Potential factors behind the projected changes. There are several factors that can explain the above-described changes in the incident solar radiation. Since it was beyond the scope of this study to make data analyses for all the related climate variables, these are discussed here in a qualitative sense only. Owing to increasing temperatures, the water vapour content of the atmosphere will increase everywhere, which acts to decrease incoming near-infrared solar radiation. The emissions of the precursors of aerosols are anticipated to decrease in the middle latitudes, most strongly under the SSP1-2.6 scenario (IPCC, 2021, Fig. SPM.4). Owing to long-range transport, this tends to reduce the aerosol load even over the Arctic Ocean, where local anthropogenic sources are negligible. However, the emission of natural aerosols, such as sea spray, may also change due to decreasing sea ice. Cloudiness is projected to increase in the Arctic area but decrease in the middle latitudes, especially in central Europe (IPCC, 2013, Fig. 12.17). This is in agreement with the central European summers becoming dryer in the future, with decreasing precipitation and relative air humidity (Ruosteenoja and Jylhä, 2021, Figs. 11 and S7). In the high latitudes in particular, retreating ice and snow cover act to reduce the surface albedo and consequently the backscatter of shortwave radiation between the surface and cloud base. Evidently, this is an important factor explaining the seasonal course of the radiation response, e.g., the largest reductions taking place in winter in Hudson Bay but in late summer in the central Arctic Ocean (Figs. 1–2).

In this study we focused on the projected changes in incident solar radiation. However, for global climate change the total radiation balance, thus, also changes in outgoing longwave radiation are essential. In addition to greenhouse gas concentrations, local longwave radiation balance is affected by cloudiness and water vapour content.

Challenges for climate change adaptation. Disappearance of snow and ice cover reduces the surface shortwave albedo considerably. Therefore, even though incident solar radiation in the Arctic Ocean is projected to decrease, it is evident that heat absorbed in the ocean during the prolonged ice-free season increases. The extra heat stored in the water mass acts to delay the autumnal freeze-up and thus substantially increases temperatures in autumn and winter (Stroeve et al, 2014).

Projected changes in solar radiation in high latitudes may have impacts on many sectors of society, and the findings of this study can be used, e.g., in assessing future climate change induced risks. We did not study changes in the spectrum of solar radiation, but changes in the short-wavelength part, ultraviolet (UV) radiation, reaching the surface may have a significant effect on living organisms, as the UV radiation is well-known for its biological effectiveness in both aquatic and terrestrial ecosystems (EEAP, 2023). Ultraviolet radiation is highly correlated with changes in total incident solar radiation, especially if changes are due to cloudiness, aerosols or surface reflection. In addition, changes in the short-wavelength portion of UV radiation depends on changes in atmospheric ozone.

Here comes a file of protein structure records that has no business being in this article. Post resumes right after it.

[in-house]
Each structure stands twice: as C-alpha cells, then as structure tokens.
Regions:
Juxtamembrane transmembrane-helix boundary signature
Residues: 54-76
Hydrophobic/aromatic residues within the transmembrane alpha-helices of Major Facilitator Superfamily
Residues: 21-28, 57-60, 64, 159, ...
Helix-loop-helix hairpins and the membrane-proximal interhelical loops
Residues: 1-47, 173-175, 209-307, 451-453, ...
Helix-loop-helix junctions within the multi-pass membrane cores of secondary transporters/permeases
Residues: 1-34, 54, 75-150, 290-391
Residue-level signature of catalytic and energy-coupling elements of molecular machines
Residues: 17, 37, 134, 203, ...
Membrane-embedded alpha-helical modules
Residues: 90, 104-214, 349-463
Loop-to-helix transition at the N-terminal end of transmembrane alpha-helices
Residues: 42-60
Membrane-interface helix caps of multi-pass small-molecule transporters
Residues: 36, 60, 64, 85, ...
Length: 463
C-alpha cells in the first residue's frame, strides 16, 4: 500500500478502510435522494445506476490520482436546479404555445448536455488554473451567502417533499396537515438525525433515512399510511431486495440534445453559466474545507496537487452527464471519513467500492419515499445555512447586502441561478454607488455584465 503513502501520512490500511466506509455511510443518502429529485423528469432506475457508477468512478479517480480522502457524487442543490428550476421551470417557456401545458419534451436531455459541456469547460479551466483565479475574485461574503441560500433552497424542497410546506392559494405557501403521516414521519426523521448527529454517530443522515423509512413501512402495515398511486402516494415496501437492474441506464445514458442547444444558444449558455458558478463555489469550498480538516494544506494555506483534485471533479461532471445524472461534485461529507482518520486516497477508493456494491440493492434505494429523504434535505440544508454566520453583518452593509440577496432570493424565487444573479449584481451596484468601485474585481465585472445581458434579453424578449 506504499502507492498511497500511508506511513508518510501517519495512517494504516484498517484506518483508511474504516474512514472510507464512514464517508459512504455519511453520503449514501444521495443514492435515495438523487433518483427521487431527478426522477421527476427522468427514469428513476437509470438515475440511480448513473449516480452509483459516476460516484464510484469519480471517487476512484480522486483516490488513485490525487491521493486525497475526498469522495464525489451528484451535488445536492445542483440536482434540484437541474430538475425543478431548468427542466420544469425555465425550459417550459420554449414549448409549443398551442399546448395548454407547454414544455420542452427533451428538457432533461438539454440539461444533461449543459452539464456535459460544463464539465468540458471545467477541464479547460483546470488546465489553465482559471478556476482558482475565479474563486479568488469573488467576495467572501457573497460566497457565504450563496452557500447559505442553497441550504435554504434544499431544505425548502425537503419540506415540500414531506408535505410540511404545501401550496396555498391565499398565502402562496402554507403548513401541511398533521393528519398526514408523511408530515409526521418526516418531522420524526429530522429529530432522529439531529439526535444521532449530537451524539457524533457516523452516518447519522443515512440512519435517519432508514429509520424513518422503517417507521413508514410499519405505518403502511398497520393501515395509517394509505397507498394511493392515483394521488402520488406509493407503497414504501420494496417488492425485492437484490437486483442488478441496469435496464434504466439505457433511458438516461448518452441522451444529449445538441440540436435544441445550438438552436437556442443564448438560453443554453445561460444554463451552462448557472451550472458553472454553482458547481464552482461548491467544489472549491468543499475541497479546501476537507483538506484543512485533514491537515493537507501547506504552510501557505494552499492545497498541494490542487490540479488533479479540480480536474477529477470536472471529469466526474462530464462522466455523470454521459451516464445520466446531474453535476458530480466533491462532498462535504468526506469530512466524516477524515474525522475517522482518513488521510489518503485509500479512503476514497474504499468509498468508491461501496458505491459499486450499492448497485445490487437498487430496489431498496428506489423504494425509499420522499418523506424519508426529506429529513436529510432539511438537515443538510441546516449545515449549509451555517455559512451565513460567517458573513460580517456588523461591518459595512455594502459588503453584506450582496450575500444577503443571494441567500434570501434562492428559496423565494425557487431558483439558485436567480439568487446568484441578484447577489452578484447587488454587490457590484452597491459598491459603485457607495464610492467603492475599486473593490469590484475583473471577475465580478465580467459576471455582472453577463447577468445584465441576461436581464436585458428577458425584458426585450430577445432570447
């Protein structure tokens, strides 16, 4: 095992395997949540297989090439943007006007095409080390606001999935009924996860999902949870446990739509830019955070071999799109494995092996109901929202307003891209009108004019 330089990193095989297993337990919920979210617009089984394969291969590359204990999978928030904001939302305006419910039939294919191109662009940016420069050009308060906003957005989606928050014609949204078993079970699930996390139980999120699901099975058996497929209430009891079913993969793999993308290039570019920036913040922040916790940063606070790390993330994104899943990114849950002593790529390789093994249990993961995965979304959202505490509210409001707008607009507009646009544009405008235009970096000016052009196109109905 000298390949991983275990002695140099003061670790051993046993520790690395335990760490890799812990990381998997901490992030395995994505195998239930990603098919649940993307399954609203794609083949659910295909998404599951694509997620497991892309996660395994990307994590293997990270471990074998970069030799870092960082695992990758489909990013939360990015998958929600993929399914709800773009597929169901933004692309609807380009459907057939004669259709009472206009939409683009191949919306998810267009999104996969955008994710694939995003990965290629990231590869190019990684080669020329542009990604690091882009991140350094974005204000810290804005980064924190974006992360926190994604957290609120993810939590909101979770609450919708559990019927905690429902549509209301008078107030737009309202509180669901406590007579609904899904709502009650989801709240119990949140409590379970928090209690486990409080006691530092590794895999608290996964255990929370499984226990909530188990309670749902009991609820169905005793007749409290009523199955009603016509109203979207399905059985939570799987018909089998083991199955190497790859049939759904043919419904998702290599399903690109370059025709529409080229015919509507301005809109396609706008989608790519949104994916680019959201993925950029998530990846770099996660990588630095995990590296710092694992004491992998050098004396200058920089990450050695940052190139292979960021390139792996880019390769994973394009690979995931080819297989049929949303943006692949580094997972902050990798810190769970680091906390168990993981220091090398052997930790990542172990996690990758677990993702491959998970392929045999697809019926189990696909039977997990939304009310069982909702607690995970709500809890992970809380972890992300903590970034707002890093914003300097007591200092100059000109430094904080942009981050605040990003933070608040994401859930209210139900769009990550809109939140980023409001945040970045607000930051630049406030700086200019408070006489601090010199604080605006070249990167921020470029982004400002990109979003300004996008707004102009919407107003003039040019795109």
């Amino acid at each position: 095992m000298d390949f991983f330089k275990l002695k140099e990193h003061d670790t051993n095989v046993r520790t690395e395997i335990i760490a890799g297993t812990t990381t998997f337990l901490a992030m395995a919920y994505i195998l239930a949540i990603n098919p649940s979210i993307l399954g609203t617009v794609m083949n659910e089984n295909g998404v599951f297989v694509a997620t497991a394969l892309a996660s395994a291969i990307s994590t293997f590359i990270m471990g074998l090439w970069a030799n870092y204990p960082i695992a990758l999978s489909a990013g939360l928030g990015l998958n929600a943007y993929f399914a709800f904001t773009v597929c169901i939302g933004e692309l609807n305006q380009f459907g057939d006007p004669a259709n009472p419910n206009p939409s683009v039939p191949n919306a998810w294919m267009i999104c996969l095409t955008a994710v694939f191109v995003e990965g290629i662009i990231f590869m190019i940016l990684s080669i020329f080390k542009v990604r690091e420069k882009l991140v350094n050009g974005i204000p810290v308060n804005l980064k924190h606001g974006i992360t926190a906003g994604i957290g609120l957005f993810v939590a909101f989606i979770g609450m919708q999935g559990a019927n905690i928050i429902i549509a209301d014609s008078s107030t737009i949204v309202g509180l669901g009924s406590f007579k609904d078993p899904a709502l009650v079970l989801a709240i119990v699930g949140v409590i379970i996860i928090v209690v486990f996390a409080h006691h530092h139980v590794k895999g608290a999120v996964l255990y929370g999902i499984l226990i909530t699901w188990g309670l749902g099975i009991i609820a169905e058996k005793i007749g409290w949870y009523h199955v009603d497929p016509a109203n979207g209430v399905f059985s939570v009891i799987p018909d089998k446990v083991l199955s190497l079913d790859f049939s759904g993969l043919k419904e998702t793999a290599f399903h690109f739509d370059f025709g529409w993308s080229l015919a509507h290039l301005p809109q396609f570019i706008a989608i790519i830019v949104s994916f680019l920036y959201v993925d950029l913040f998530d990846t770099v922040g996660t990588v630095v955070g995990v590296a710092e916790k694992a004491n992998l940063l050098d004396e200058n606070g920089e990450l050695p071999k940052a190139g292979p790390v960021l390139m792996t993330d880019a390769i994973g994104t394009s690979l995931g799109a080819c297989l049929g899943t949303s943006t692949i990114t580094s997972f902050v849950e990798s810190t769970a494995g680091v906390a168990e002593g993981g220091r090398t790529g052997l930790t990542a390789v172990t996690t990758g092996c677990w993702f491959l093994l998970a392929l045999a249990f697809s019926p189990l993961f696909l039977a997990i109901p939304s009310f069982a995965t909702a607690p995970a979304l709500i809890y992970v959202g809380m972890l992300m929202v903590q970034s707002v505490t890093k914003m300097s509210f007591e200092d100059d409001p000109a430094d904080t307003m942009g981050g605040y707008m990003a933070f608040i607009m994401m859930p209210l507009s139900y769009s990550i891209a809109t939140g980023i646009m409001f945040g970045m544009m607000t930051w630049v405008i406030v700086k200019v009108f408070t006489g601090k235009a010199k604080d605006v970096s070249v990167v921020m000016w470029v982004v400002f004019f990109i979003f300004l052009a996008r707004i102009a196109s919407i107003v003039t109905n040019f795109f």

Changes in solar radiation have direct impacts on human health. Decreasing solar radiation together with shortening snow and ice cover period in winter may lead to more severe symptoms related to seasonal affective disorders (Burenby et al., 2021). In areas of increasing solar radiation where no significant ozone increase is projected, the risks related to excessive UV exposure may increase, in particular, if people spend more time outdoors than nowadays. Changes in radiation also contribute to the thermal sensation that people experience. The climate change induced temperature increase might change dressing habits towards less protective clothes, e.g., longer time periods spent in shorts and T-shirts. The risk of getting skin cancer can then increase. Eye diseases like cataract may also become more common in prolonged UV exposure without adequate UV protection (Lucas et al., 2019).

Arctic ecosystems are very sensitive to changes in climate variables and their compound effects. For instance, rapidly increasing temperatures and decreasing snow and ice cover may lead to unprecedented exposure of aquatic ecosystems to solar radiation incl. UV-radiation, also in seasons that in past climates used to be well protected from radiation under the sea ice. That may affect, for example, small aquatic organisms that lack a shell structure as well as fish eggs which are especially vulnerable to UV radiation. UV radiation also acts as a driver for chemical reactions in the atmosphere which affect air quality, e.g., altering the production and decomposition of O3 at ground level. In addition, UV radiation is known to degrade materials, which can be observed as fading, yellowing, and embrittlement (UNEP, 2023).

We conclude that future changes in incident solar radiation in high latitude areas are substantial and should be taken into account more comprehensively in climate change impact studies and in the adaptation plans in these regions.

Acknowledgements: We thank the Research Council of Finland for funding this work via the CHAMPS project (project no 329225).


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Ruuhela R., K. Ruosteenoja, K. Lakkala, 2023: Projected changes in incident solar radiation in Northern Hemisphere high-latitude areas, FMI’s Clim. Bull. Res. Lett., [preprint],

Authors: Reija Ruuhela, Kimmo Ruosteenoja, Kaisa Lakkala
Received: September 7, 2023
Accepted: December 1, 2023
First online: December 7, 2023
Published: coming, Spring 2024
Journal: FMI’s Climate Bulletin Research Letters
Volume: 6
Issue: 1
Pages: X-X